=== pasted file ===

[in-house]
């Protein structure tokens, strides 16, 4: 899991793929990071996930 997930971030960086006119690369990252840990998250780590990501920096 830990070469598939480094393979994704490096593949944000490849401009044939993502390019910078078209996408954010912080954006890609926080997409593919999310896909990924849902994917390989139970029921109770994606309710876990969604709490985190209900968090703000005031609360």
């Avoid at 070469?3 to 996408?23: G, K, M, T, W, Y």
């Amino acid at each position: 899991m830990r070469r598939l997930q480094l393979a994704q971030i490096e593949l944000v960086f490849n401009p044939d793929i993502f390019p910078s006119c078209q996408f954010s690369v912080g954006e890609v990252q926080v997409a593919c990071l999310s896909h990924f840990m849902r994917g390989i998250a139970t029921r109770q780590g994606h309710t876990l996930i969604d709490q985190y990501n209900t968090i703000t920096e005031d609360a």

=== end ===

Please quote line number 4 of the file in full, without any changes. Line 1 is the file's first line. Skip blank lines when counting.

């Amino acid at each position: 899991m830990r070469r598939l997930q480094l393979a994704q971030i490096e593949l944000v960086f490849n401009p044939d793929i993502f390019p910078s006119c078209q996408f954010s690369v912080g954006e890609v990252q926080v997409a593919c990071l999310s896909h990924f840990m849902r994917g390989i998250a139970t029921r109770q780590g994606h309710t876990l996930i969604d709490q985190y990501n209900t968090i703000t920096e005031d609360a």